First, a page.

- Keana’s bothering her sister and I can hear Maia scream “Stop! Stop!” over and over, yet Keana persists. I know she hears us tell her to listen to Maia, and knows herself what “good” choices are, but she continues just a little bit longer.
- She picks up Aliya and swings her around, and Aliya thinks it’s fun the first time, but of course the second and third time she’s not so sure. We bring Keana’s attention to Aliya’s signs that she doesn’t like it, but she does it again, a minute later.
- She says she wants to do something like turn on the TV. You say it’s not a good time, that she’s already watched enough, and even as you’re talking, she walks away towards the living room to turn it on. Oh man. That one really gets me.
I get the sense it’s because she needs attention and/or she’s trying out the boundaries of her own power, but we’ve still struggled with how best to handle it. I find myself echoing what I was told growing up: “keep your hands to yourself” and “if you can’t do a good job listening, there will be consequences”. In these moments, my best examples and logic eventually feel like threats, and at the end of the day I worry about what I’m really teaching her. At the same time, of course, we need to keep everyone happy and safe.
Maia is now old enough that we’ve been able to have them work things out between the two of them, with one of us facilitating the discussion. We make sure they both get to talk and tell the other how the conflict made them feel and think of ways to remedy the issue together. It’s definitely going to take patience and discipline to work at this higher level, but I know the payoff will be much greater. The really tough times though, are those moments when Ms. Thang pulls her power play at the end of the day, when everyone’s tired, you’re cooking dinner, holding Aliya, and trying to mentally and emotionally wrastle with her.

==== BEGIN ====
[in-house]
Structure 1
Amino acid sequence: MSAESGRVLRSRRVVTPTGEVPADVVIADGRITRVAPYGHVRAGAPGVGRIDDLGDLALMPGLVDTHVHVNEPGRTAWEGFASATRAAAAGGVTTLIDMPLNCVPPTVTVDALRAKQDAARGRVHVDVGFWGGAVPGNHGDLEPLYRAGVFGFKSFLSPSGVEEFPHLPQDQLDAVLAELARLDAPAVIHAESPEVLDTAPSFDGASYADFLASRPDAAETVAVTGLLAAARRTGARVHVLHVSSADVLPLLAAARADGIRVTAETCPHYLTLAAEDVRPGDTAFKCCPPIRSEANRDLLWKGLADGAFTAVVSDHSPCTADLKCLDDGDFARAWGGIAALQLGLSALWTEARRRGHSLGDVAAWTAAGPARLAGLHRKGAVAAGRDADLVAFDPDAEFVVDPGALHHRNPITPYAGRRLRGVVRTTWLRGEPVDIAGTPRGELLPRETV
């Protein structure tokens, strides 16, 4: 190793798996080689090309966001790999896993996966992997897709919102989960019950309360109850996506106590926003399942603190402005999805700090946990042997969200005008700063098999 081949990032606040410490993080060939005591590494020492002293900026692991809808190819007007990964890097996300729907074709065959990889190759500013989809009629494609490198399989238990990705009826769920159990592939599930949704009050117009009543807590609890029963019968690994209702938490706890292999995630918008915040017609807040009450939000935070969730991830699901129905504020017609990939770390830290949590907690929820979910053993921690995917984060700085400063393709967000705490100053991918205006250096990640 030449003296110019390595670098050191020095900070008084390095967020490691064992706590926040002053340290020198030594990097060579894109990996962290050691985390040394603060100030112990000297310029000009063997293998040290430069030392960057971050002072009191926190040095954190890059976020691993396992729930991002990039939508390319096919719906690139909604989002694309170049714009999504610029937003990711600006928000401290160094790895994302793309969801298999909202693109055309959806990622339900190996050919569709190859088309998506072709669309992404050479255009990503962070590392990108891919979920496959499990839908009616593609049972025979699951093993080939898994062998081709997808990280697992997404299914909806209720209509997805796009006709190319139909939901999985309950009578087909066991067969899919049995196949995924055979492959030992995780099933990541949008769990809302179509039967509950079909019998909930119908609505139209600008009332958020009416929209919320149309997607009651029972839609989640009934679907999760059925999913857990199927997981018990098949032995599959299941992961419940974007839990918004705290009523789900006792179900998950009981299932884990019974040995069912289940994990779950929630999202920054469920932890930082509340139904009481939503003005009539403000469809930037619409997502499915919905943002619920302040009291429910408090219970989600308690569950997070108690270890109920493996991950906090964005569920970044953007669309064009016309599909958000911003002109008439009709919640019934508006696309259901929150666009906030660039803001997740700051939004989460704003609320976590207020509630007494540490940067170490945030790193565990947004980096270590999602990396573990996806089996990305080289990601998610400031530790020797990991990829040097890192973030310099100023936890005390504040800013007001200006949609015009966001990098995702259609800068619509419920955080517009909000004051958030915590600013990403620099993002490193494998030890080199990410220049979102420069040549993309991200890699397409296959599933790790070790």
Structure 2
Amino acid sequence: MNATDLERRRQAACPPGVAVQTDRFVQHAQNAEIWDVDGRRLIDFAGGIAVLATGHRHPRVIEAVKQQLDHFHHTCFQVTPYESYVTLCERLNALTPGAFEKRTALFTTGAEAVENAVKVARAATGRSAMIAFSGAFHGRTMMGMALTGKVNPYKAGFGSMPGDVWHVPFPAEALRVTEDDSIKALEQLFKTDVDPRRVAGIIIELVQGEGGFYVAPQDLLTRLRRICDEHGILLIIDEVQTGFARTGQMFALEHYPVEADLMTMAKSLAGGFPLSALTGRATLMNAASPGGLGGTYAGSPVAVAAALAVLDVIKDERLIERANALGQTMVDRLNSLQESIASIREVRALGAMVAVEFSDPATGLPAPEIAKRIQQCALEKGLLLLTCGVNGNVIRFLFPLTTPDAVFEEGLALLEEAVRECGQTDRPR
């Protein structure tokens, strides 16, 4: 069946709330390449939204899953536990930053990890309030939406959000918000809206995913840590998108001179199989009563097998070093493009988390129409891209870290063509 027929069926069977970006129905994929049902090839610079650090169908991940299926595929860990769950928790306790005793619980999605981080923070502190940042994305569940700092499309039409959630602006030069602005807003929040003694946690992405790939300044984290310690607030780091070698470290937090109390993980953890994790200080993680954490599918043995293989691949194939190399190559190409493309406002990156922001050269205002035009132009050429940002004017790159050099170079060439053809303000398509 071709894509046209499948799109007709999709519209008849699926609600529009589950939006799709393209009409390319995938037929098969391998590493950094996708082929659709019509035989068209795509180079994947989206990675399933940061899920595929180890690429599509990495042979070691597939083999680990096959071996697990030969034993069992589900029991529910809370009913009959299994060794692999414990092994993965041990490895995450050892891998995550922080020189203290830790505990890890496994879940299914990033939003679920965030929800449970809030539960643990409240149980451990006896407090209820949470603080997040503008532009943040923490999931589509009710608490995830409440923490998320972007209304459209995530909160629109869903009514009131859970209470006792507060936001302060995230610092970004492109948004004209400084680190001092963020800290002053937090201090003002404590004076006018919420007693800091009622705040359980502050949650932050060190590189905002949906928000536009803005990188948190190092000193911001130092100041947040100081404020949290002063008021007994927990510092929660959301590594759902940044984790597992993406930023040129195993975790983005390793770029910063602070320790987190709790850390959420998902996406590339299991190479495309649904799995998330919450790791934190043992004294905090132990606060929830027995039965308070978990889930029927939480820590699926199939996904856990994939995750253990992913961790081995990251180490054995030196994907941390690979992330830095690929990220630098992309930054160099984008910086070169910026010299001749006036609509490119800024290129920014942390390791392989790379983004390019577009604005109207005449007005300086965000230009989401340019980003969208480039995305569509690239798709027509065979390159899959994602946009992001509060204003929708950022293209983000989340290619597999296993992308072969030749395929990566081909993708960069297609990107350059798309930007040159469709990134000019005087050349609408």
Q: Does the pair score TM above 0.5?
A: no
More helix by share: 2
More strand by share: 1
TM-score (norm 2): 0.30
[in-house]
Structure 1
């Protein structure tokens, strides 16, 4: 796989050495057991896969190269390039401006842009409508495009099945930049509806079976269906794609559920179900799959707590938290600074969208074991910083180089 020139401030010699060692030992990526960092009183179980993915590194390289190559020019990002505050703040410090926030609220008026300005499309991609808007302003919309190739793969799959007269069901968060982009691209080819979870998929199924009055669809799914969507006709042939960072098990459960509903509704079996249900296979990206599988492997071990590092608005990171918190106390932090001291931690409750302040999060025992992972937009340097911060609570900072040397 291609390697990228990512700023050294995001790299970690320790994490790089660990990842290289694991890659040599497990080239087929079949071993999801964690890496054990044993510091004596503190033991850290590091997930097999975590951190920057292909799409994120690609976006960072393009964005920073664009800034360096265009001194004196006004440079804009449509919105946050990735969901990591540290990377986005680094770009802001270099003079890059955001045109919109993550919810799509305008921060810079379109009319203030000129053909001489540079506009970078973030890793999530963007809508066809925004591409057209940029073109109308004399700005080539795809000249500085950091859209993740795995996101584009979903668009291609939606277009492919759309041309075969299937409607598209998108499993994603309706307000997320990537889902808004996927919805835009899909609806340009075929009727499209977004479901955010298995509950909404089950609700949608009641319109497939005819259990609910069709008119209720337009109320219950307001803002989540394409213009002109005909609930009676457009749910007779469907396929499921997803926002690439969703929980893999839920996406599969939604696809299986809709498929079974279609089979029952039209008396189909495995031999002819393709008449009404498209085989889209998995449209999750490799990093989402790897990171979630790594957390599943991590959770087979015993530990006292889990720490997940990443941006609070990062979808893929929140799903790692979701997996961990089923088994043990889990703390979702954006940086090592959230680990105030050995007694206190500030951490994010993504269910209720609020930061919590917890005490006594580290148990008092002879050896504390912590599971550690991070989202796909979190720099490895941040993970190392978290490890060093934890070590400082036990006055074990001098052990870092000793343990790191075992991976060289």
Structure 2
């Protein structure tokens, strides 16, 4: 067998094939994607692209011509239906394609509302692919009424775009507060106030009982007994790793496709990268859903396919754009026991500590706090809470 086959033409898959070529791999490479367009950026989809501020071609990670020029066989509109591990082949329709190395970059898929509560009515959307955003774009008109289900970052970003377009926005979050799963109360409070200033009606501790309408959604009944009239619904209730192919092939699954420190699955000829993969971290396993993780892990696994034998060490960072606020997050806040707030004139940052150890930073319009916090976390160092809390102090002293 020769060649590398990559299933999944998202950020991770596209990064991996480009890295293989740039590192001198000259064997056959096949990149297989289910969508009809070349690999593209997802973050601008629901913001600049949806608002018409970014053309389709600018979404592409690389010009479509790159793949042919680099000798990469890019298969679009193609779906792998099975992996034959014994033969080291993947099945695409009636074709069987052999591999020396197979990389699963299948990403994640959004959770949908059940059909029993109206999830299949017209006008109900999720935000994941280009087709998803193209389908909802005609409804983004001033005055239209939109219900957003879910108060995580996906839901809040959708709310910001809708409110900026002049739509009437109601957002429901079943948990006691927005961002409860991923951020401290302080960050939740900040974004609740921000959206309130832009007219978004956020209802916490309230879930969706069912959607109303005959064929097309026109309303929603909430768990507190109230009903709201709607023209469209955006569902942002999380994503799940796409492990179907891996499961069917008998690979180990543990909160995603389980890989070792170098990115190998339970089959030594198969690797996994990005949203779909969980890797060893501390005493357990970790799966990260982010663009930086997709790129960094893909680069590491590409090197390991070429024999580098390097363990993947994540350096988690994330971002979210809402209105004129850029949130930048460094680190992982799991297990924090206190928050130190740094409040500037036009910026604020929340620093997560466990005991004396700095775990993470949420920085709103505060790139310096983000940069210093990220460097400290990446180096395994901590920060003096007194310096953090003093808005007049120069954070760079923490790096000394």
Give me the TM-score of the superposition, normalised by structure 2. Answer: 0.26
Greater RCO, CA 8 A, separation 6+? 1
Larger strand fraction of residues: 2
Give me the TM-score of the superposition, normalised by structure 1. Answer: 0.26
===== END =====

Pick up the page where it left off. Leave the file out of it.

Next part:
I really need to get that book, How to Talk So Your Kids Will Listen, and How to Listen so Your Kids Will Talk. I’ve been saying that for years to myself, but I think it’s finally at the time where I need some back-up. And of course it’s especially difficult, because most of the time Keana is a brilliant, sweet angel, so the contrast in behavior is striking and therefore harder to handle at times. We’ve come to trust and expect a lot from her and maybe that’s part of the problem too. Then there’s always that part of any situation with all of us, really, that we can chalk it up to development. We are all learning and growing, not just the kids, but Sarah and I too. For me though, labeling it as “normal behavior” sure doesn’t make it any easier to know how to deal with it. Basically, I guess, there are just going to be these challenges as a parent, and I really do need to just keep at it with everything I’ve got to avoid falling into bad habits, complacency, and handling these difficult situations with my own damaging behavior.